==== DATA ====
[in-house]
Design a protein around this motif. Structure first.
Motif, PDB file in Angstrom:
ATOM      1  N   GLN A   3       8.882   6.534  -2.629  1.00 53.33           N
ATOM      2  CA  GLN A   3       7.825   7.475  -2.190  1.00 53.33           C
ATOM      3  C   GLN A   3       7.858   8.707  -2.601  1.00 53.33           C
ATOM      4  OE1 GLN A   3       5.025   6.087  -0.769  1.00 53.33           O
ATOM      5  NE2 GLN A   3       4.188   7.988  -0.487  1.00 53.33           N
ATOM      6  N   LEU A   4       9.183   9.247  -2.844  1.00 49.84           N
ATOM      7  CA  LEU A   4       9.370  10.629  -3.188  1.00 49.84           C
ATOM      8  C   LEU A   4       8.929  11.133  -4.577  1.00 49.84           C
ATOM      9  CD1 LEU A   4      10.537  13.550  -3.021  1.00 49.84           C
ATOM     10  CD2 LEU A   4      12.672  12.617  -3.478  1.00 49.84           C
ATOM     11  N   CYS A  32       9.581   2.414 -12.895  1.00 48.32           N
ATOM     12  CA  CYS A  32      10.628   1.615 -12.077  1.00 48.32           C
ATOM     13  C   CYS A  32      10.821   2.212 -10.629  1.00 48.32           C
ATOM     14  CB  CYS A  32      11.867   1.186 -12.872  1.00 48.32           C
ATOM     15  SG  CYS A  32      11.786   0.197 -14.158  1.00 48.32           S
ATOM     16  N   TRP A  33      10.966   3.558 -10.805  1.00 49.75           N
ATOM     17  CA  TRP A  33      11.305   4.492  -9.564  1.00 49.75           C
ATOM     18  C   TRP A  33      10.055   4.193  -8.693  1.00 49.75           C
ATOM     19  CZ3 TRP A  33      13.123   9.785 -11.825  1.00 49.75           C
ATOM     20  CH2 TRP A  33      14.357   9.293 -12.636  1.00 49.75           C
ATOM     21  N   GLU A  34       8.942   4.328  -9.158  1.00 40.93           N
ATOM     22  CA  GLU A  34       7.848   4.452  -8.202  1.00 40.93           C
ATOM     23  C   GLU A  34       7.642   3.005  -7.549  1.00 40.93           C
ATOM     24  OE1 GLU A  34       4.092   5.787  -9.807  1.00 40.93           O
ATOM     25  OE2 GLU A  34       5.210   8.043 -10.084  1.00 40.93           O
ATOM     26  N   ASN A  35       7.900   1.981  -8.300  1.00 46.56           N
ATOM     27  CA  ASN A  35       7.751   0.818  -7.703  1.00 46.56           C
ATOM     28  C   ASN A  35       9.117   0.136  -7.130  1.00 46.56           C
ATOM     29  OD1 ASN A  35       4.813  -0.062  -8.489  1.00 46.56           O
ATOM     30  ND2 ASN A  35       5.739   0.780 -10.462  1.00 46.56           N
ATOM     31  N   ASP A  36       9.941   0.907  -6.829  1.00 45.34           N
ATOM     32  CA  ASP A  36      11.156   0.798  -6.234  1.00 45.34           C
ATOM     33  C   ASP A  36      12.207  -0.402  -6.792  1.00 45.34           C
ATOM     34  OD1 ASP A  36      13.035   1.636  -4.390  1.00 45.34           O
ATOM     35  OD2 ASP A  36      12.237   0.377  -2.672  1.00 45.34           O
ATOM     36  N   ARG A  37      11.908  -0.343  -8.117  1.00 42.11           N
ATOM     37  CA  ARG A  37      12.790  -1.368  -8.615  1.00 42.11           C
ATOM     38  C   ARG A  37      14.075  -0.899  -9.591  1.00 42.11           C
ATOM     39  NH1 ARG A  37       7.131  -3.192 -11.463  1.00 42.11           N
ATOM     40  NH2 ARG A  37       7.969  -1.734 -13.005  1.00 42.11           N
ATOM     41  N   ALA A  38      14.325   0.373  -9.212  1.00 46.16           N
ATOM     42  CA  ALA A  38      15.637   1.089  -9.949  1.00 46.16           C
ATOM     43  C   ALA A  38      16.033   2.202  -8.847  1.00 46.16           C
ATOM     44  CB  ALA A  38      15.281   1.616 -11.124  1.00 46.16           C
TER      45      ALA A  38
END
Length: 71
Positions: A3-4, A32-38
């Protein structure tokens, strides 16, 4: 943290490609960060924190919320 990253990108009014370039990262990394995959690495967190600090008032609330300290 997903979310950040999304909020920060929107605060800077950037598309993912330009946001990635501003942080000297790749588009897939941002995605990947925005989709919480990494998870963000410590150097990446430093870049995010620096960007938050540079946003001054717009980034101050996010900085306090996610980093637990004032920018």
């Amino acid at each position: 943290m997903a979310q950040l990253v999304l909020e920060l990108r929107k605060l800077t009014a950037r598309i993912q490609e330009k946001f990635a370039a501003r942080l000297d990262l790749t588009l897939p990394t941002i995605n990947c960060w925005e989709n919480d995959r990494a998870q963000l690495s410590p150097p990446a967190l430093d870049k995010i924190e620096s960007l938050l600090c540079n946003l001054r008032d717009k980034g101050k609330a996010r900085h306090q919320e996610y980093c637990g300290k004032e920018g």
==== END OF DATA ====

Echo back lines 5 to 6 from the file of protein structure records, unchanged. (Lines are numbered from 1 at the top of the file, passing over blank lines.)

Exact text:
ATOM      2  CA  GLN A   3       7.825   7.475  -2.190  1.00 53.33           C
ATOM      3  C   GLN A   3       7.858   8.707  -2.601  1.00 53.33           C